The World Conservation Union (IUCN) has released its newly revised Red List of Threatened Species. One notable change is the elevation of western gorillas to the highest threat status, Critically Endangered. The rise in status is attributed to uncontrolled poaching and massive outbreaks of the lethal Ebola virus, which has killed about one third of gorillas in protected areas over the last fifteen years.
The rise in status is noteworthy because western gorillas have yet to dwindle to the tiny remnant population size typical of Critically Endangered species. Rather, the listing is based on the dizzying rate of decline in a species that was until recently widespread and common. The combined effects of poaching and Ebola have caused western gorilla populations to drop by at least 60% in the last twenty years.
"Critically Endangeredstatus is extremely encouraging", said Peter D. Walsh of the Max Planck Institute for Evolutionary Anthropology, one of the experts who worked on the listing. "For once we are paying attention before it is too late. A relatively modest investment in anti-poaching and Ebola control could ensure the future of one of our closest relatives."
Experts were able to estimate the population decline due to Ebola because outbreaks cause a distinctive "all or none" pattern in which large zones of 95% mortality transition abruptly into zones of normal gorilla density. Estimating impact was then a matter of using sleeping nest surveys to estimate what proportion of habitat lay in the dead zones.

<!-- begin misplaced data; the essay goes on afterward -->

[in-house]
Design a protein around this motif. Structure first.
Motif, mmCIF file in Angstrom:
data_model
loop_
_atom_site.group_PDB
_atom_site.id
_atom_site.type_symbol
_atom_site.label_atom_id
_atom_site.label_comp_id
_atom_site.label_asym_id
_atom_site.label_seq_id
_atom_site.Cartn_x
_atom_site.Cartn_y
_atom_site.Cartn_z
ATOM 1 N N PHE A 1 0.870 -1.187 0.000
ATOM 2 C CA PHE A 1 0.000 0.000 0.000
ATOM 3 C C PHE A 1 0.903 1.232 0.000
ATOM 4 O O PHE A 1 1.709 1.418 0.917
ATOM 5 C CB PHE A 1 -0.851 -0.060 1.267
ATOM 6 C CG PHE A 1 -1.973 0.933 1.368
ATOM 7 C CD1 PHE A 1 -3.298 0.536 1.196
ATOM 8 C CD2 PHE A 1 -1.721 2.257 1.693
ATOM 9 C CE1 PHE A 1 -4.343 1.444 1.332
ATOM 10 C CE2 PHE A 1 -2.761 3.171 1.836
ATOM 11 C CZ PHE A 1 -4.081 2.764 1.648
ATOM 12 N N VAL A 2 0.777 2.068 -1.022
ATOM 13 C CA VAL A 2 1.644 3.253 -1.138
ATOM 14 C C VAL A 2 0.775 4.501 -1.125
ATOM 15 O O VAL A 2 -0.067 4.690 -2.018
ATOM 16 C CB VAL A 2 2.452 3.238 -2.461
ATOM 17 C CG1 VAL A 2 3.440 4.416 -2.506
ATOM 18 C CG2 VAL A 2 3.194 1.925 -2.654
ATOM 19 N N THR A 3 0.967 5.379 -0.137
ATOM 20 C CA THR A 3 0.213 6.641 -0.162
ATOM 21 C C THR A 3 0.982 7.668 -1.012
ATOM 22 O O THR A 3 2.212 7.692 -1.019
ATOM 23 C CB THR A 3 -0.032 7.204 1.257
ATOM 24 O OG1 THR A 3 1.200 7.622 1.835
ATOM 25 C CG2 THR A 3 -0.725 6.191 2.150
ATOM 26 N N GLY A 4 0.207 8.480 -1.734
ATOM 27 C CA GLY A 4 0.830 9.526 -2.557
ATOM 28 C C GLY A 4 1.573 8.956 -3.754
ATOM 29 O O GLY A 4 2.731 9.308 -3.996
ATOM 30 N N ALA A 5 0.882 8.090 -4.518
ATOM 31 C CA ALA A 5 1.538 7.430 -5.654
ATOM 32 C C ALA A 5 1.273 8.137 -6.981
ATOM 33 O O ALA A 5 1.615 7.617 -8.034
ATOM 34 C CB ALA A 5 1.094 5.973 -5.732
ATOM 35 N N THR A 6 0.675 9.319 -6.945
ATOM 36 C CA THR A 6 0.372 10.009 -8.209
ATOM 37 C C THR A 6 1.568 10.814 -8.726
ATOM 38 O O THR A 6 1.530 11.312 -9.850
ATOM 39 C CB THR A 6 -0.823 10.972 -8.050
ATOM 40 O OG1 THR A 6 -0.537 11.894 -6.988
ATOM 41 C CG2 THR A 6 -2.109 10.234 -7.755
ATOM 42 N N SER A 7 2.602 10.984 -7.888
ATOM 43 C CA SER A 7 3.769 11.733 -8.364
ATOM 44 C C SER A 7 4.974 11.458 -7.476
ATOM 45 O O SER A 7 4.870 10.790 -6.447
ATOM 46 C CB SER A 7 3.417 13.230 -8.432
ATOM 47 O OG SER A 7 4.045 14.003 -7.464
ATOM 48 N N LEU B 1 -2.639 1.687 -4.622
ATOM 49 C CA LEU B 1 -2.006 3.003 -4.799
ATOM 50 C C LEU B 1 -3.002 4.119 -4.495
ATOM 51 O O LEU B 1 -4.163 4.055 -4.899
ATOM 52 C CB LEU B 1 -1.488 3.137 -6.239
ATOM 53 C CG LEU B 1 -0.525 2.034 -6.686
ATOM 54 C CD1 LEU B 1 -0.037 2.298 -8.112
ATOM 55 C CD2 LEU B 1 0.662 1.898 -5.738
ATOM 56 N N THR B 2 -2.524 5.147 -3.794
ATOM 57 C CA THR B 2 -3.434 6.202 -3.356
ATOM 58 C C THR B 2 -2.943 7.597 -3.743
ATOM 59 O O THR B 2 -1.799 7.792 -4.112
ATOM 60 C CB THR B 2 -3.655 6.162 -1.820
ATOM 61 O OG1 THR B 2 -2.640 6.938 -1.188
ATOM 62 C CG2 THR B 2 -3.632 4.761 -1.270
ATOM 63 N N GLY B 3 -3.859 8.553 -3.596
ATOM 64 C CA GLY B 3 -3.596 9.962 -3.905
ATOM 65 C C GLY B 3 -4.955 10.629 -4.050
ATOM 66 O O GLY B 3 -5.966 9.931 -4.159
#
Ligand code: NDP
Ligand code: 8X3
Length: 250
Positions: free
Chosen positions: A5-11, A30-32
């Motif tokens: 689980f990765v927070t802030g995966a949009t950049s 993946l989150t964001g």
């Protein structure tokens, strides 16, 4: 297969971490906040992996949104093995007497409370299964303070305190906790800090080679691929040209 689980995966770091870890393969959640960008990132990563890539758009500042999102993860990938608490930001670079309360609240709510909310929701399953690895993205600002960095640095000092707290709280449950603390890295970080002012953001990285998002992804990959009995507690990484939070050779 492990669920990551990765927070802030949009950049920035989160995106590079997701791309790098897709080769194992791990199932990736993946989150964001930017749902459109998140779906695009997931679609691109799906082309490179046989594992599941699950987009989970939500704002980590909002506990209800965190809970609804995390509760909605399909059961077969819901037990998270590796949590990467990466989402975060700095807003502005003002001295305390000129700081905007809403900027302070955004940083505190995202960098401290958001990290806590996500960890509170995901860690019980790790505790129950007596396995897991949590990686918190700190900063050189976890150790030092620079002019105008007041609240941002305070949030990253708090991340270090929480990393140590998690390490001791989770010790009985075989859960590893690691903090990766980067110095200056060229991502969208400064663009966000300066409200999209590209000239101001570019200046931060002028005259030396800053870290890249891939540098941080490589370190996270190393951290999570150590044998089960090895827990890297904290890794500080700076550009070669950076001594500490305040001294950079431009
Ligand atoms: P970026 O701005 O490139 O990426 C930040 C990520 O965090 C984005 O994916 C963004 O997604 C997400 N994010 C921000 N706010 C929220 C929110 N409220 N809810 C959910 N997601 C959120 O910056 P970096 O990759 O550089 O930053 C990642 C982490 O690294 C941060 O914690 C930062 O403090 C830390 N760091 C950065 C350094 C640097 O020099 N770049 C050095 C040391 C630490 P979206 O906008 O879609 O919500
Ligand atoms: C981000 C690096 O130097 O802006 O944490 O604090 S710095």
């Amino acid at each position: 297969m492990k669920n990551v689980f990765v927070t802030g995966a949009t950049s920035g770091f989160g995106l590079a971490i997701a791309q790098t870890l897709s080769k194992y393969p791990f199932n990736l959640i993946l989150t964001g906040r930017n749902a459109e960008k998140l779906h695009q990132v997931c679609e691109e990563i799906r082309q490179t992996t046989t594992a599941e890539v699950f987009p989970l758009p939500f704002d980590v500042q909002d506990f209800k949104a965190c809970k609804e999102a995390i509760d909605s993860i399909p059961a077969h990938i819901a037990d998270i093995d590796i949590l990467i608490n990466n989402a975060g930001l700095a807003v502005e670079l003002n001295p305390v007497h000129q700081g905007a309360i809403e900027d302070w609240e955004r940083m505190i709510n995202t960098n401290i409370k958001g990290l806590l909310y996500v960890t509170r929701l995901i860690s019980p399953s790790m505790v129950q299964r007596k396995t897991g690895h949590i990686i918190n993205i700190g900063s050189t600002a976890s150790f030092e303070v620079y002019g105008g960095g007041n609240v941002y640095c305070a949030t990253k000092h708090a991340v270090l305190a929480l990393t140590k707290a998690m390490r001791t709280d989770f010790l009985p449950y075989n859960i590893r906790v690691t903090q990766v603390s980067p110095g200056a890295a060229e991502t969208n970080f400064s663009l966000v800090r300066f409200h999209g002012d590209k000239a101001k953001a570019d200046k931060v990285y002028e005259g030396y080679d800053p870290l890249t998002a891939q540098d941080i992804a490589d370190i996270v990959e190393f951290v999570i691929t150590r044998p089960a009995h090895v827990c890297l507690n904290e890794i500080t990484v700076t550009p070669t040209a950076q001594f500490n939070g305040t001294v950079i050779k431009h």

Poaching and Ebola represent a devastating one-two punch because poaching is concentrated in accessible areas while Ebola impact has been in remote areas, often inside national parks and other protected areas. For instance, Ebola outbreaks killed gorillas viewed by tourists at Lossi Sanctuary and Odzala National Park in Northern Republic of Congo while animals in the mountain gorilla tourism program at Volcanoes National Park in Rwanda were recently killed by poachers.
Law enforcement, particularly anti-poaching patrols, has been effective in controlling poaching in the past while several different experimental vaccines might be used against Ebola. "Unfortunately, funding for law enforcement has dwindled in recent years in favor of more politically correct programs such as ecotourism and nobody wants to pay for an Ebola vaccination program" said Walsh. "Unless we get more serious about law enforcement and Ebola control right now, there won’t be many gorillas left for tourists to see."
A vaccination program would use one of the five experimental vaccines that have successfully protected laboratory monkeys against Ebola. What is necessary to move one of these vaccines from the lab to the field are safety and efficacy tests on captive animals and a method of vaccine delivery in the wild. Walsh and Colleagues at Max Planck, the Leipzig Zoo, and Impfstoffwerk Dessau-Tornau, a private vaccine manufacturer, have already started oral bait trials on captive gorillas. They are currently looking for funding to carry out vaccine safety trials on captive animals, as well as oral baiting and darting trials in the wild.
Gorillas are currently divided into two species, the western gorilla (Gorilla gorilla) and the eastern gorilla (Gorilla beringei). Reliable abundance estimates are not available for the two species, but eastern gorillas probably number in the mid thousands while western gorillas number in the tens of thousands. Habitat loss is the greatest threat to eastern gorillas but a relatively minor threat to western gorillas. Eastern gorillas are also threatened by illegal hunting but to a lesser extent than western gorillas. Only western gorillas and common chimpanzees are currently threatened by Ebola.